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J Cardiovasc Surg (Torino). 1997 Feb;38(1):69-75.

Self-hypnosis reduces anxiety following coronary artery bypass surgery. A prospective, randomized trial.

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Department of Surgery, College of Physicians & Surgeons, Columbia University, New York, NY, USA.



The role of complementary medicine techniques has generated increasing interest in today's society. The purpose of our study was to evaluate the effects of one technique, self-hypnosis, and its role in coronary artery bypass surgery. We hypotesize that self-hypnosis relaxation techniques will have a positive effect on the patient's mental and physical condition following coronary artery bypass surgery.


A prospective, randomized trial was conducted. Patients were followed beginning one day prior to surgery until the time of discharge from the hospital.


The study was conducted at Columbia Presbyterian Medical Center, a large tertiary care teaching institution.


All patients undergoing first-time elective coronary artery bypass surgery were eligible. A total of 32 patients were randomized into two groups.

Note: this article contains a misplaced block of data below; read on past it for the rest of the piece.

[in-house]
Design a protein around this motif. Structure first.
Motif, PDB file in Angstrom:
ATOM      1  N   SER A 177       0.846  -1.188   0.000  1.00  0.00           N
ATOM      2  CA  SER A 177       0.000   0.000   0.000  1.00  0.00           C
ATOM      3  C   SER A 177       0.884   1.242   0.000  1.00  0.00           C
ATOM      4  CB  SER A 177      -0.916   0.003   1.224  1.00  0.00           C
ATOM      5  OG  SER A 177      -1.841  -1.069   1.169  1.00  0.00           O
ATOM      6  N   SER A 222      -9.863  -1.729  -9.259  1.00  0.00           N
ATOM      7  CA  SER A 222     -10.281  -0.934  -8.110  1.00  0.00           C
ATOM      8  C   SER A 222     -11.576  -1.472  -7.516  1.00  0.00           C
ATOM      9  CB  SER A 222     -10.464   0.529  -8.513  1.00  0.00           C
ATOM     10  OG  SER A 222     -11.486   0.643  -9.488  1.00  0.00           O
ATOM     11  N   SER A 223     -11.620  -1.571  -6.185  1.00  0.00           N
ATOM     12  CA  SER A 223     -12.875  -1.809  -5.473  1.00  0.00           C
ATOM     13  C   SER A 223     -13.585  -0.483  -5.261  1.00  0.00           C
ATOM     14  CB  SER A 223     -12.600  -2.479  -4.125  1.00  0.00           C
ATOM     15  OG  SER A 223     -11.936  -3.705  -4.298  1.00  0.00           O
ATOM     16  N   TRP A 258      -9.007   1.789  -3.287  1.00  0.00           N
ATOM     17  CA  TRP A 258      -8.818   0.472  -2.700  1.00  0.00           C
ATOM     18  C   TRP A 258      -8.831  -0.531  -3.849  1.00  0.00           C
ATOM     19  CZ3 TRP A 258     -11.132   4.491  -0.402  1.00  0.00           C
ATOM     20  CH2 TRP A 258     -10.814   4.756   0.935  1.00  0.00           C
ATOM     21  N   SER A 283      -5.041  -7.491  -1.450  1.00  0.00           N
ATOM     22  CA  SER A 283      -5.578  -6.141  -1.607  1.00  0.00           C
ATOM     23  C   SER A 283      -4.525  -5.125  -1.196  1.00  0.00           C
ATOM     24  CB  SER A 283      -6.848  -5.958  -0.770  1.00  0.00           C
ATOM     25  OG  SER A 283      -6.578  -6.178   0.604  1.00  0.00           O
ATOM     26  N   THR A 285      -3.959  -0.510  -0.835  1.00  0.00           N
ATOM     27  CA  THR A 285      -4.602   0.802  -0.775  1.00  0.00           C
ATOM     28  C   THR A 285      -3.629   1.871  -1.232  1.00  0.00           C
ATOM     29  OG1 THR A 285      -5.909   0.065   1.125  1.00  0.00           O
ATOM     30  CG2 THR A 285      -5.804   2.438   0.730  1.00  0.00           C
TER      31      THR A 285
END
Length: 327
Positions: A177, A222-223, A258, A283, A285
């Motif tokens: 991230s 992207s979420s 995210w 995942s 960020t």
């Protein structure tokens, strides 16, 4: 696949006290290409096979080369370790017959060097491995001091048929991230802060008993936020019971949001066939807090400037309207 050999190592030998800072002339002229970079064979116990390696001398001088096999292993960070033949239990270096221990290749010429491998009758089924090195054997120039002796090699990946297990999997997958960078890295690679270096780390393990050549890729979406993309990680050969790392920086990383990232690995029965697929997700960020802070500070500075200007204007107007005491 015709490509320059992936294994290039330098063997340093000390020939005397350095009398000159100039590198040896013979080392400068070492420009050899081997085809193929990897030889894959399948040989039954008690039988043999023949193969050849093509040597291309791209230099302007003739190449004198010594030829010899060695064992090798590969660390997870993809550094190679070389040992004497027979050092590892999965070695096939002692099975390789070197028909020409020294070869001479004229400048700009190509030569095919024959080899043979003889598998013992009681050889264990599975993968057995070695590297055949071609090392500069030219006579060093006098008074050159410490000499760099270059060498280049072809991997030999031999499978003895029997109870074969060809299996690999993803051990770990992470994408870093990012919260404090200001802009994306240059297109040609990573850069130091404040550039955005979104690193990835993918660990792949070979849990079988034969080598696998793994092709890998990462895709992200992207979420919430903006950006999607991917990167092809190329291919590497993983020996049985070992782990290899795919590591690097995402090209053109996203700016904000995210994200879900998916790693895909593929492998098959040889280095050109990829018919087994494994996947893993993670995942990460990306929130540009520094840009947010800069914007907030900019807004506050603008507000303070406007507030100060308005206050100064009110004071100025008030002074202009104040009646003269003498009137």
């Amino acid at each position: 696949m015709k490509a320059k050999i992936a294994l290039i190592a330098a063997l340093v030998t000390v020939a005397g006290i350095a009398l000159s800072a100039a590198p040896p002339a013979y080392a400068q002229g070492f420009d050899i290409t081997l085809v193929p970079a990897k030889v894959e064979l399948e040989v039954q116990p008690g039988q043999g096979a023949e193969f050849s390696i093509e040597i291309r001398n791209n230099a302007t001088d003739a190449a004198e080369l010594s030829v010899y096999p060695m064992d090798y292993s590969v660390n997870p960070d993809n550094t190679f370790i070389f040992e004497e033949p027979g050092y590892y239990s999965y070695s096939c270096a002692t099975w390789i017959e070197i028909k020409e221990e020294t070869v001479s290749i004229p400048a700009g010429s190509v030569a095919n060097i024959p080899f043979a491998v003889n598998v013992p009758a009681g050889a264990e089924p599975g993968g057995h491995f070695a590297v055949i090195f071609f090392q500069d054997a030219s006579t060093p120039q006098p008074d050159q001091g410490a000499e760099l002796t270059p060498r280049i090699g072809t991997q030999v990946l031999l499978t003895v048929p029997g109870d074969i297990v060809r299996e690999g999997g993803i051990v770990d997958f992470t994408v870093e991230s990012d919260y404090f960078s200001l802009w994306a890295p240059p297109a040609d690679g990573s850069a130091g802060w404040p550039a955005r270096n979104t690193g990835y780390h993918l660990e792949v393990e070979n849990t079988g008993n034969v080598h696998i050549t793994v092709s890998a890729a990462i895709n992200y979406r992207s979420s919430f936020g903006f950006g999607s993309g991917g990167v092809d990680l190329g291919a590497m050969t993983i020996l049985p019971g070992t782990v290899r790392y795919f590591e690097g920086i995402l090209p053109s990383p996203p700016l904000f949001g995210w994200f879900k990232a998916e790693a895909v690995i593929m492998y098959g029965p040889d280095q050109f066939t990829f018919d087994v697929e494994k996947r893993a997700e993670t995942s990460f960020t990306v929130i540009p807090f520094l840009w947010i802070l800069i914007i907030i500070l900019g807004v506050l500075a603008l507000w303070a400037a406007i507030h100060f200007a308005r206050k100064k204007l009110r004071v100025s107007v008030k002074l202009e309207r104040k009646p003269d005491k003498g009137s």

The study group was taught self-hypnosis relaxation techniques preoperatively, with no therapy in the control group.


Outcome variables studied included anesthetic requirements, operative parameters, postoperative pain medication requirements, quality of life, hospital stay, major morbidity and mortality.


Patients who were taught self-hypnosis relaxation techniques were significantly more relaxed postoperatively compared to the control group (p=0.032). Pain medication requirements were also significantly less in patients practising the self-hypnosis relaxation techniques that those who were noncompliant (p=0.046). No differences were noted in intraoperative parameters, morbidity or mortality.


This study demonstrates the beneficial effects self-hypnosis relaxation techniques on patients undergoing coronary artery bypass surgery. It also provides a framework to study complementary techniques and the limitations encountered.

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